Book of the Day: The End of the Market

“The End of the Market argues that the credit crunch crisis of 2008 is not a bump in the road of the liberal era, but its end. But out of the ashes of rational individualism, a new vision is emerging where the community is the defining organisation and obligations, freely accepted and willingly discharged, become the engine of human progress.”

This is by all accounts an important book for the p2p community. Any info on its author would be very welcome. We have selected more extensive excerpts here.

* Book: The End of the Market. The rise of the service economy and the death of the market-clearing price. (possible author: Edmund O’Sullivan), 2012.

From the Preface:

“The End of the Market examines how the idea of the market-clearing price eventually emerged in the final decades of the 19th century after more than 2,000 years of debate. It was finally defined in a book by a Cambridge University professor published in 1890. This was an event that history has largely ignored. But its impact has been enormous. The idea of the market-clearing price freed human beings to get on with the business of producing and consuming without pondering excessively, if at all, about the true value of what they were doing.

Without it, mass production and long-term investment would have been impossible. It distributed goods and surpluses in a way that provided sufficient incentives for people to make decisions about whether to consume today or to save for tomorrow through the impersonal mechanism of the market. Trillions of daily decisions that otherwise would have been difficult or impossible were simplified to the extent than an average 7-year old could make most of them. You just compared prices and chose.

And it allowed governments and corporations to intervene in human affairs on an unprecedented scale.

Without the idea of the market-clearing price, many of the great events of past 100 years would have been impossible.Stalin would have been unable to master the largest country on earth and Franklin Roosevelt to launch the New Deal. Nazi Germany couldn’t have developed the capacity to launch a continental war of conquest and a programme of genocide. Mao Zedong might have seized power in China, but it would have been impossible for him to retain it. And the US could not have put people on the moon on 1969 without the efficiencies the idea of a market-clearing price allowed.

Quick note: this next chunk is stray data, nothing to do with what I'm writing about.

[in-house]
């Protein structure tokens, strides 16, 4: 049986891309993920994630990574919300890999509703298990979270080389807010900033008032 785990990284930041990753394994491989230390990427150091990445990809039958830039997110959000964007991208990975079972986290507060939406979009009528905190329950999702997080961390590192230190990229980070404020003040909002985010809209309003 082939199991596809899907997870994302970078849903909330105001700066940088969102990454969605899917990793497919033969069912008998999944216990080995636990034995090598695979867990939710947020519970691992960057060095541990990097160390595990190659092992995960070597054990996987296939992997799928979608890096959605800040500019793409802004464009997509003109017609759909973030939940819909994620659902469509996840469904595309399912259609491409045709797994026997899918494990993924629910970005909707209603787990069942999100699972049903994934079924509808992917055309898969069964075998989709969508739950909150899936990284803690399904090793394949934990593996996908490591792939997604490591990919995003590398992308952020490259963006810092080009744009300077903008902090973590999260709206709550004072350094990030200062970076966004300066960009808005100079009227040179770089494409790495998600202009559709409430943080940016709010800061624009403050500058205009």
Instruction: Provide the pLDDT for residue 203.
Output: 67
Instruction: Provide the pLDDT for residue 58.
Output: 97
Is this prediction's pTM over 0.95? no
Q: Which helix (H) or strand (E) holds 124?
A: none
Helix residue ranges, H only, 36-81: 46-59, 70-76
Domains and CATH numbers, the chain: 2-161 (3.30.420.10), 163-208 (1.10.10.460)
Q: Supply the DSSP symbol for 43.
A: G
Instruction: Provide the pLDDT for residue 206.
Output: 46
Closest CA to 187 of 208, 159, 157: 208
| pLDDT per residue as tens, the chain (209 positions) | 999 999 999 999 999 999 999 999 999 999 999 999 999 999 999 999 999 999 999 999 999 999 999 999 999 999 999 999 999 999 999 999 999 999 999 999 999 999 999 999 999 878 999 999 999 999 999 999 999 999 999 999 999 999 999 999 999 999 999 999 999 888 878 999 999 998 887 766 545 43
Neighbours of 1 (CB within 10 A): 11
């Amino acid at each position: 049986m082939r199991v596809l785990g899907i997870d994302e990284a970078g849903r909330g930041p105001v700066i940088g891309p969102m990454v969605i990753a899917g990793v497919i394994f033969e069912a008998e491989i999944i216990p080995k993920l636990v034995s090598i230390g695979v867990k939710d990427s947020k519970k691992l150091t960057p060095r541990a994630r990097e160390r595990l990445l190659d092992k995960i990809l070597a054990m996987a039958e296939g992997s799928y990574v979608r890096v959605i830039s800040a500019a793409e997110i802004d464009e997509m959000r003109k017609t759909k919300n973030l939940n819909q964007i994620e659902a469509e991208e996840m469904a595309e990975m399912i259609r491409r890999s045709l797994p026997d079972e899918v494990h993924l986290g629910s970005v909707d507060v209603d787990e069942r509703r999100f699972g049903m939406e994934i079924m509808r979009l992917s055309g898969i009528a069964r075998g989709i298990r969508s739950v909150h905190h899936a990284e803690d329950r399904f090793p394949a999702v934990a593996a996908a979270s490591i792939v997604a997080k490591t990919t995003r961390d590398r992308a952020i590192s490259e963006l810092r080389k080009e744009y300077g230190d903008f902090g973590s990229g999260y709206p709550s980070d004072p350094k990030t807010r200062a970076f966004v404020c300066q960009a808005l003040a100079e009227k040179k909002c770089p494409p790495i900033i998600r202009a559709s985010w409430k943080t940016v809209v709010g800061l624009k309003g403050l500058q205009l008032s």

There had been visionaries before. But the market-clearing price allowed dreams to be turned into reality by encouraging the discovery of new technologies that freed a growing proportion of the world’s population from the mundane task of simply producing sufficient things to survive. It wrecked many human lives, but it saved many more. For this, the market-clearing price, the distilled essence of every human aspiration, should not be lauded. It has no ego and no imagination.

There had been megalomaniacs before. But the idea of the market-clearing price empowered them to mobilise human energy and material wealth for destructive purposes without parallel in human history. Price, the apotheosis of rationality in a rational world, is responsible, but cannot be blamed. It has no conscience and can have no soul.

The market-clearing price is now such an obvious and pervasive idea that it seems ludicrous that so much, both good and evil, should be laid at its door. Violent events, wars and revolutions, scar our memories and stir our emotions. Technology, which has obviously changed the way we live, seems a much more exciting topic. Ideas stimulate our minds. But prices? Surely they are as significant in human history as advances in shopping and much less interesting. Economists who grappled with the concepts that eventually led to the crystallisation of the idea of the market-clearing price didn’t do much to help. They are the authors of some of the most incomprehensible books ever written.

For centuries, thinkers investigated what prices were using every philosophical and scientific technique at their disposal. For those who thought of themselves as economists, the issue, however, was like an untreated toothache: a persistent irritation but not life-threatening. What mattered were production, consumption, investment and saving and counseling leaders of nations and business about the best way of increasing all of them quickly. This was the route to fame and fortune, not theorising about what price was and did. More often than not, economists simply gave up wondering about price completely and got down to the practical issues of commerce and government. And when the concept of the market-clearing price eventually emerged, it was almost immediately rejected as a matter worth worrying about because it was regarded as being essentially uncontrollable, probably misleading or both. Humanity had an uncomfortable relationship with price in the 20th century. At times, we convinced ourselves we could do without it entirely, but the century ended with us all under its thumb.

But The End of the Market is not primarily an account of the origins and implications of the market-clearing price. It is about how it has now been deposed due to the rise of the service economy, the source of the majority of income, wealth and employment in every advanced economy on earth.

Like the discovery of the market-clearing price 120 years ago, this startling fact has also gone largely unnoticed. And yet it is at the very heart of the economic crisis that developed in 2007/08. The fall of the market-clearing price as the key factor driving human affairs has implications so far-reaching it is almost impossible to overstate them. In death, as in life, the market-clearing price, or its absence, will utterly change every aspect of life for everyone, everywhere.”

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